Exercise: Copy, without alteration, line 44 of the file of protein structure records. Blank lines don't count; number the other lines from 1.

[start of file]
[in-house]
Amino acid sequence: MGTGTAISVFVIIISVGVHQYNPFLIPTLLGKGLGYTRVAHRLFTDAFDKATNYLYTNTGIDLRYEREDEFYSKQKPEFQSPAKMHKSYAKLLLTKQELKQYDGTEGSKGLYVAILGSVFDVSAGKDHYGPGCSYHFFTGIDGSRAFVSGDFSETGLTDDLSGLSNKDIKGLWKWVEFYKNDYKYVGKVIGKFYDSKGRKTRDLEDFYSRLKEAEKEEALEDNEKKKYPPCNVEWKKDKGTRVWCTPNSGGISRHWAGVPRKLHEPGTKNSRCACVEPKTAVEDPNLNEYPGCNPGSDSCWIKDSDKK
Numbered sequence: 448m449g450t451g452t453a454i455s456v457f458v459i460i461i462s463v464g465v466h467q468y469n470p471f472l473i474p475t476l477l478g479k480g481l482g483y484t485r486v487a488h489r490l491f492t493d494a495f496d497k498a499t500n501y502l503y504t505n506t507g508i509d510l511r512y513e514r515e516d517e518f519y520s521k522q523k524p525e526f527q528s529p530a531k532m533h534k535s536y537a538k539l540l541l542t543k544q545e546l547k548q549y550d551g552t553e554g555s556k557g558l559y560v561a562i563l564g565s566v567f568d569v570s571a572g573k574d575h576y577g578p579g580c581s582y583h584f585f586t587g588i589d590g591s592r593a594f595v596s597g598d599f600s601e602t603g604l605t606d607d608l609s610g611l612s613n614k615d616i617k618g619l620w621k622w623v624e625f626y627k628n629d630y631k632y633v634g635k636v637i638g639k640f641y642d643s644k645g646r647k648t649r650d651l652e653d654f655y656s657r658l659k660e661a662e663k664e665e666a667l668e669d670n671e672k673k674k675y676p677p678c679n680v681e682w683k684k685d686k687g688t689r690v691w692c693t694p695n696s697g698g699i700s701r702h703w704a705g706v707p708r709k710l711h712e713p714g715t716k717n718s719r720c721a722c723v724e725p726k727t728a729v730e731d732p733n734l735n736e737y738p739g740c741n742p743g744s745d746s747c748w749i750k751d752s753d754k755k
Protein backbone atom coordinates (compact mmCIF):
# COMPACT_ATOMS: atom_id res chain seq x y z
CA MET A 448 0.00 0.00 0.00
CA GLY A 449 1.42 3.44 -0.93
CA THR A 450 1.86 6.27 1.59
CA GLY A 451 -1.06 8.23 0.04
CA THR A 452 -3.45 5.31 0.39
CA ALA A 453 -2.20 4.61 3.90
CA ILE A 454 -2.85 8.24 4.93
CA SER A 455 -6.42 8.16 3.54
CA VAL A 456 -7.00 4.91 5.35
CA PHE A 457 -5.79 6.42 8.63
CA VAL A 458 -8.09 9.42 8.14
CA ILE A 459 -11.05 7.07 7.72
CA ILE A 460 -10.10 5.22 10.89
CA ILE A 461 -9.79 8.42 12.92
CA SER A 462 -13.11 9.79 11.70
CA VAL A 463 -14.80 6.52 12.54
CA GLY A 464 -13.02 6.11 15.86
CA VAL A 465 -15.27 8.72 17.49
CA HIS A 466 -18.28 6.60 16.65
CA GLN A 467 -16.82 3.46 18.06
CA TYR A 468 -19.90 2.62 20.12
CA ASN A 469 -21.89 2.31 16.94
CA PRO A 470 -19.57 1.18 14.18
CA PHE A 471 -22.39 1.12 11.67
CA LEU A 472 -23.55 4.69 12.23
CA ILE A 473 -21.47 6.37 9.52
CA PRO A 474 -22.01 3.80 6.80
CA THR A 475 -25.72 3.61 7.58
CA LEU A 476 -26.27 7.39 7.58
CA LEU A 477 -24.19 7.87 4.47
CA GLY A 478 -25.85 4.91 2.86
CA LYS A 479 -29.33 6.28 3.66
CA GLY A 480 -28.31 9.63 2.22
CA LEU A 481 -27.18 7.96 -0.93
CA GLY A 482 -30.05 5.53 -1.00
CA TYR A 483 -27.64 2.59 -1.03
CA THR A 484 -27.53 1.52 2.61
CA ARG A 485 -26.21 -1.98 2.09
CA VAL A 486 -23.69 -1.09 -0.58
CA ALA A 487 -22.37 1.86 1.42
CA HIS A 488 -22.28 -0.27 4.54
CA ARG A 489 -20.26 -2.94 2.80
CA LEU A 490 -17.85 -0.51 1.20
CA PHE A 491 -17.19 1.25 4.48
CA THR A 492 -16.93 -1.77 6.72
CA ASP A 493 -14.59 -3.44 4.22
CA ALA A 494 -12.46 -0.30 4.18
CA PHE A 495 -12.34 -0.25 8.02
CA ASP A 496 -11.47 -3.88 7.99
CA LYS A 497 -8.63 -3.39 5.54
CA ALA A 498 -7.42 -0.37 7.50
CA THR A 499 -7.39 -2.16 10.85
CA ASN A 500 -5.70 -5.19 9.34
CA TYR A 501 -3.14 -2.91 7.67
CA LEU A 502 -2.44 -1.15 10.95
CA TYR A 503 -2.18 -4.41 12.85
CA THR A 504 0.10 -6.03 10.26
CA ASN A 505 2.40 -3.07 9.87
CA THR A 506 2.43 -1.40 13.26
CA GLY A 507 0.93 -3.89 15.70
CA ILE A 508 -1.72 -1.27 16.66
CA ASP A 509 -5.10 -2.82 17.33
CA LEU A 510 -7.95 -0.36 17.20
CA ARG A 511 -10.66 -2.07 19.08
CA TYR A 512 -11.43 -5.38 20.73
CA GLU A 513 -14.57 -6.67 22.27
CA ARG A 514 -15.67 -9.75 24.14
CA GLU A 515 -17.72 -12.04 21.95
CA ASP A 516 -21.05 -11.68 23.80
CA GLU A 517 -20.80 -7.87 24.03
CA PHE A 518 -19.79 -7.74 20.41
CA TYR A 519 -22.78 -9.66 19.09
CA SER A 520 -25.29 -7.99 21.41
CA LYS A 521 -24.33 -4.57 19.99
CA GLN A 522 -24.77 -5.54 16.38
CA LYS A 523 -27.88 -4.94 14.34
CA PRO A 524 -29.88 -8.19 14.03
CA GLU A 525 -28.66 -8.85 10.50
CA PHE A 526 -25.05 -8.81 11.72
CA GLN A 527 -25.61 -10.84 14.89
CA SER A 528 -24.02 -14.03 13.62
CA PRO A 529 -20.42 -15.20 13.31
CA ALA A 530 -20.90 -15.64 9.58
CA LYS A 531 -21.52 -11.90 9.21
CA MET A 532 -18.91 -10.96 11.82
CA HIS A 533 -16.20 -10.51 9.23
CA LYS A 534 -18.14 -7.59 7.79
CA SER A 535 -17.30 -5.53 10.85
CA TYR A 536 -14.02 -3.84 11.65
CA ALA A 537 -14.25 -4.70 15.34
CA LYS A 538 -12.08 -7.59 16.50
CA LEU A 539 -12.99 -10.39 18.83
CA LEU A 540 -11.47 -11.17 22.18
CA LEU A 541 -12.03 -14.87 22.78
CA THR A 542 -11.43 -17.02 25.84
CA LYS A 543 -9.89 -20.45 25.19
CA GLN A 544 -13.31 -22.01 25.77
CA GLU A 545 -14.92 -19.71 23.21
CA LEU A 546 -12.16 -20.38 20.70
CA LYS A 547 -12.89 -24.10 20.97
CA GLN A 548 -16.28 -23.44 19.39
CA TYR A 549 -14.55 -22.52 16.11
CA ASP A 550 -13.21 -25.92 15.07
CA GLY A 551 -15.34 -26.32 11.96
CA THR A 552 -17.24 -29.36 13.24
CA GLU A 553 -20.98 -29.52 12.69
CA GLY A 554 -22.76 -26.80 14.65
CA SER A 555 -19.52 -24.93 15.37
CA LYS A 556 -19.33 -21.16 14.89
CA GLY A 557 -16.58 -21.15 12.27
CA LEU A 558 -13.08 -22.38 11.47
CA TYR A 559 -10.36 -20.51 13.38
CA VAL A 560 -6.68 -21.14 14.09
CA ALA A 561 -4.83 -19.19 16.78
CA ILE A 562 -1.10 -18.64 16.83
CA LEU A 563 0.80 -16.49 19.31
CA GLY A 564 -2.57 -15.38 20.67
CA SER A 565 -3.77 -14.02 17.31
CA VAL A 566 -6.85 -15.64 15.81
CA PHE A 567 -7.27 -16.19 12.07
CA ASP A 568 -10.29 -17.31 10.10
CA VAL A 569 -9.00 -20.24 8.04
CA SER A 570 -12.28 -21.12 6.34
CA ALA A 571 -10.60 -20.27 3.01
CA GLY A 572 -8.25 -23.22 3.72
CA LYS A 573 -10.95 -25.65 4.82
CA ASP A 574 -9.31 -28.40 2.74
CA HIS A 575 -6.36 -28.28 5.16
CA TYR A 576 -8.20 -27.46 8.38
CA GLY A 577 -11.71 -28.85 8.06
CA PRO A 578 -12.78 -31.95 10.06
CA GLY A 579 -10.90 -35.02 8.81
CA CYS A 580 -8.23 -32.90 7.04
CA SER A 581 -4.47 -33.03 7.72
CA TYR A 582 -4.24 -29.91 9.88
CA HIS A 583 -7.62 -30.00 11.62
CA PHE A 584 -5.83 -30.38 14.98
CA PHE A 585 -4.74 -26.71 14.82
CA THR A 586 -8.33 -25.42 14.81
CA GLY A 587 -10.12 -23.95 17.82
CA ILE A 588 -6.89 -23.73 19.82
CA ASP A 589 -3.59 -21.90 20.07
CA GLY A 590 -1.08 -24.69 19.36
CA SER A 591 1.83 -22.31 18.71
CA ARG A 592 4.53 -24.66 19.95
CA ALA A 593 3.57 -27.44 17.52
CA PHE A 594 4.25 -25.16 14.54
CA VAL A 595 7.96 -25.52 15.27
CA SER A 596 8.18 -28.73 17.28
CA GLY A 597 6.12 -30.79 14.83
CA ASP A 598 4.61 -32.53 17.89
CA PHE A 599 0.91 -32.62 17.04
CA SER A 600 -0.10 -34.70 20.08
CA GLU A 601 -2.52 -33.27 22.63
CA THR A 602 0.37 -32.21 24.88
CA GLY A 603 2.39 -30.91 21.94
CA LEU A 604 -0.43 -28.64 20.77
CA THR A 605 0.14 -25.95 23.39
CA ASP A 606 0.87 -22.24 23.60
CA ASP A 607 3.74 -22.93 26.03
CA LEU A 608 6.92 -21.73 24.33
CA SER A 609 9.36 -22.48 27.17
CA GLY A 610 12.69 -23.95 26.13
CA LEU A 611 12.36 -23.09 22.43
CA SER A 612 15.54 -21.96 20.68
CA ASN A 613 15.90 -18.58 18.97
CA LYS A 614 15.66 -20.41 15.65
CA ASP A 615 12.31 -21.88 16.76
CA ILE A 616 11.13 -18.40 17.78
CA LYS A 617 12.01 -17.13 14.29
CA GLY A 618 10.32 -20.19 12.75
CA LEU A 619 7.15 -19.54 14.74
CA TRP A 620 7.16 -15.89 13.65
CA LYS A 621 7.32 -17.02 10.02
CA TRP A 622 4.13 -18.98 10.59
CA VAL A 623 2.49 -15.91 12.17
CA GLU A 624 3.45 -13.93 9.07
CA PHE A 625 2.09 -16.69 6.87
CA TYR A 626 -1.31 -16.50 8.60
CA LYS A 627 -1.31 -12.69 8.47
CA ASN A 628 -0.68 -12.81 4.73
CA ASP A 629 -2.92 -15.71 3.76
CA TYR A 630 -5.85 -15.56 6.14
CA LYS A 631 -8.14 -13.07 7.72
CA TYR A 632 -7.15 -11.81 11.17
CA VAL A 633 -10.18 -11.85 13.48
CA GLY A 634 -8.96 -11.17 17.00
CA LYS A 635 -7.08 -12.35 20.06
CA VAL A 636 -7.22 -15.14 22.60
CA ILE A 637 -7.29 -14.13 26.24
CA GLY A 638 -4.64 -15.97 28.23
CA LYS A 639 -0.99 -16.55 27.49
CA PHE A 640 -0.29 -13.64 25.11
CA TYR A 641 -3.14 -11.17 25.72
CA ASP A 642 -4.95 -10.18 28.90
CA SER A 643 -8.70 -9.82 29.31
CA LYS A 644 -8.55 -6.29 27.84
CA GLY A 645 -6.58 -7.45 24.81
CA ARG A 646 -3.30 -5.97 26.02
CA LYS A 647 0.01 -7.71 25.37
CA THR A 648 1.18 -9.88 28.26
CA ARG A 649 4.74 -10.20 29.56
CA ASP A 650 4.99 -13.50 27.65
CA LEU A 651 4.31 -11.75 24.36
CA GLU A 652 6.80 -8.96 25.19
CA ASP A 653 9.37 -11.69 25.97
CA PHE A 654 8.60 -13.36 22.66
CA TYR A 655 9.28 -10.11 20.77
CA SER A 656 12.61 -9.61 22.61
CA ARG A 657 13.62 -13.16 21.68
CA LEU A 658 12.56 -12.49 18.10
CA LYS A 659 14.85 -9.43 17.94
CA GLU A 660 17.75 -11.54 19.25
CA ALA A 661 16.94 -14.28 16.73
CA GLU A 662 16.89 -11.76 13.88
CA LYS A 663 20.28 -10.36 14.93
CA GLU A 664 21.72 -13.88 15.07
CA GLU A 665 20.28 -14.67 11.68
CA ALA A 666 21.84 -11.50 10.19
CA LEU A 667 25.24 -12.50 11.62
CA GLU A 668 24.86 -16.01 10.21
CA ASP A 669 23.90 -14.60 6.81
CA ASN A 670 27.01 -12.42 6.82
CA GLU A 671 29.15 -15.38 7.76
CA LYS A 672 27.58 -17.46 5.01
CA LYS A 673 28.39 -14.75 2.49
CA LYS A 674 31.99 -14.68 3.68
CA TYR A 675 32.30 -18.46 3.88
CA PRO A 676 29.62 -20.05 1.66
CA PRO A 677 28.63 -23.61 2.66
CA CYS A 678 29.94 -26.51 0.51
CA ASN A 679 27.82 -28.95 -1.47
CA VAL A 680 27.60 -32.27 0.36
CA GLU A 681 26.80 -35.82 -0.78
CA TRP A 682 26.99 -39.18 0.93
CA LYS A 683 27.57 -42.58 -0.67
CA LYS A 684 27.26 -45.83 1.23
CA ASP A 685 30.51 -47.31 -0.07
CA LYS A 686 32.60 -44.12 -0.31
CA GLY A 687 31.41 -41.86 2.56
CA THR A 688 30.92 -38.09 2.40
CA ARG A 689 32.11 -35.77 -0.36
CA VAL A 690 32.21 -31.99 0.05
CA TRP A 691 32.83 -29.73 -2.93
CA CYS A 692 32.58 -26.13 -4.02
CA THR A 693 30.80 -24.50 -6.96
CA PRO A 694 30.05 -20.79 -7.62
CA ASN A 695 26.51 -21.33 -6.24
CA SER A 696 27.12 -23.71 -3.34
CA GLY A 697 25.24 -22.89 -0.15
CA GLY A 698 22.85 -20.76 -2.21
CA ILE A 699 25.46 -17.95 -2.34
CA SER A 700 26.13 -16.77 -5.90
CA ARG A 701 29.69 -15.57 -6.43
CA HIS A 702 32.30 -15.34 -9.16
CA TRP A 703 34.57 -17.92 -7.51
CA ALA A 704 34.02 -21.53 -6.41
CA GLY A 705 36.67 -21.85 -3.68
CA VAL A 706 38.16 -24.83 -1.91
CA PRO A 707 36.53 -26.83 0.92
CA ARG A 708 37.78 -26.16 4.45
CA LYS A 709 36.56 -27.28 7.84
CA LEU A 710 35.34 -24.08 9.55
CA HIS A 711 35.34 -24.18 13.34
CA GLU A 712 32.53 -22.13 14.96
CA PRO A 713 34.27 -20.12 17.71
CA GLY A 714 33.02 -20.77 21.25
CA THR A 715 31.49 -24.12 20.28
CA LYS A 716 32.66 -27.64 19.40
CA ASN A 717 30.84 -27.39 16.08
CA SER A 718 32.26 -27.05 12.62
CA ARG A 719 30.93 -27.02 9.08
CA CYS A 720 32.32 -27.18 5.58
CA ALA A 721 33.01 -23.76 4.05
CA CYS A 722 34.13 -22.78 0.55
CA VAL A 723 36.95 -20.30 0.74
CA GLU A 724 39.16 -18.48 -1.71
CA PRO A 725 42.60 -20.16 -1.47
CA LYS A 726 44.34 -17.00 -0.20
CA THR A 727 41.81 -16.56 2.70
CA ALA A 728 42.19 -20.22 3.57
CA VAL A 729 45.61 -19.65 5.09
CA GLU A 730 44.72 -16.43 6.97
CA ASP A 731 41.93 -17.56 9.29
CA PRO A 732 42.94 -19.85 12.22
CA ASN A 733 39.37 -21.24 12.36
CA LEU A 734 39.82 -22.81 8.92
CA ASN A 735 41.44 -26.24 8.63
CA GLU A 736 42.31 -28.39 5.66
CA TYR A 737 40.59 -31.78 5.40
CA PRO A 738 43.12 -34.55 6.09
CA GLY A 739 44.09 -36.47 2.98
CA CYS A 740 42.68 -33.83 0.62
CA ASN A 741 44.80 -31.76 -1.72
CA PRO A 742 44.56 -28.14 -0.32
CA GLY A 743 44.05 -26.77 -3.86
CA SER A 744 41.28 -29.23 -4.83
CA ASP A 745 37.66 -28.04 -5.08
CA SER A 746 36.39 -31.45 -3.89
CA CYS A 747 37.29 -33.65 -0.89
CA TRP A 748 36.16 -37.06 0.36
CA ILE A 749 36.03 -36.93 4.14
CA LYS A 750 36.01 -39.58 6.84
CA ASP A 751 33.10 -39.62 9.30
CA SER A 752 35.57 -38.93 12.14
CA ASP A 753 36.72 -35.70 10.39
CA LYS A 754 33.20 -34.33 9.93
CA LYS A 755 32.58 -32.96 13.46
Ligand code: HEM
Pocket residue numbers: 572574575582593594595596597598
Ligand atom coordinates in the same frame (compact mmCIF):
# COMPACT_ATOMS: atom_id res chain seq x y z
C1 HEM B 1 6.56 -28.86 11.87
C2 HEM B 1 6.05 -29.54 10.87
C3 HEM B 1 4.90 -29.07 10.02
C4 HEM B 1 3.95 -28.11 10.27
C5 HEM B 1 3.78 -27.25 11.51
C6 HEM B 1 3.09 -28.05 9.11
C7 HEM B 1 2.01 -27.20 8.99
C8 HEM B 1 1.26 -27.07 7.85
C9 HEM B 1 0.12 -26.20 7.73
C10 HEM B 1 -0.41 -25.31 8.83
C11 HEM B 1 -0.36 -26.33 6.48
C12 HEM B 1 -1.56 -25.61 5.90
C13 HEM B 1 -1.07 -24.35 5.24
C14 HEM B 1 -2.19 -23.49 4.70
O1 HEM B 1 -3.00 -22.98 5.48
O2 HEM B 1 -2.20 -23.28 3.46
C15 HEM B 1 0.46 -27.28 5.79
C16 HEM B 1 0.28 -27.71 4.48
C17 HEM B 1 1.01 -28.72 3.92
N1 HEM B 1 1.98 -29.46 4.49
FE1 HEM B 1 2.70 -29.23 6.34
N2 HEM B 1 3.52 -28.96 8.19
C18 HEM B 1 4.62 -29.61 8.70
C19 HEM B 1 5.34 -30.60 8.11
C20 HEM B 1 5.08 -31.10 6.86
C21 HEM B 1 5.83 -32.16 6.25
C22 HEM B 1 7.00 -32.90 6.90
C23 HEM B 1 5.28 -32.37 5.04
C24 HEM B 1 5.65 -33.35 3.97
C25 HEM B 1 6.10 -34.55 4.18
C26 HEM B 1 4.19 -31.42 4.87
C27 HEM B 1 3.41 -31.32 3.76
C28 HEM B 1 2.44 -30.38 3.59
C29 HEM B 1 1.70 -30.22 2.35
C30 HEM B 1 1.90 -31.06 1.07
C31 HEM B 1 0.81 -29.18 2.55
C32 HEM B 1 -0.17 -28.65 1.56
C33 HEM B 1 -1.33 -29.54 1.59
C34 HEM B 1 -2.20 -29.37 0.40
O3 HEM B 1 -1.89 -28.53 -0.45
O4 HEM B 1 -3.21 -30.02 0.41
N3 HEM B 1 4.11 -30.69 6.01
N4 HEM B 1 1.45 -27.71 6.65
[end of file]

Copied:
CA VAL A 486 -23.69 -1.09 -0.58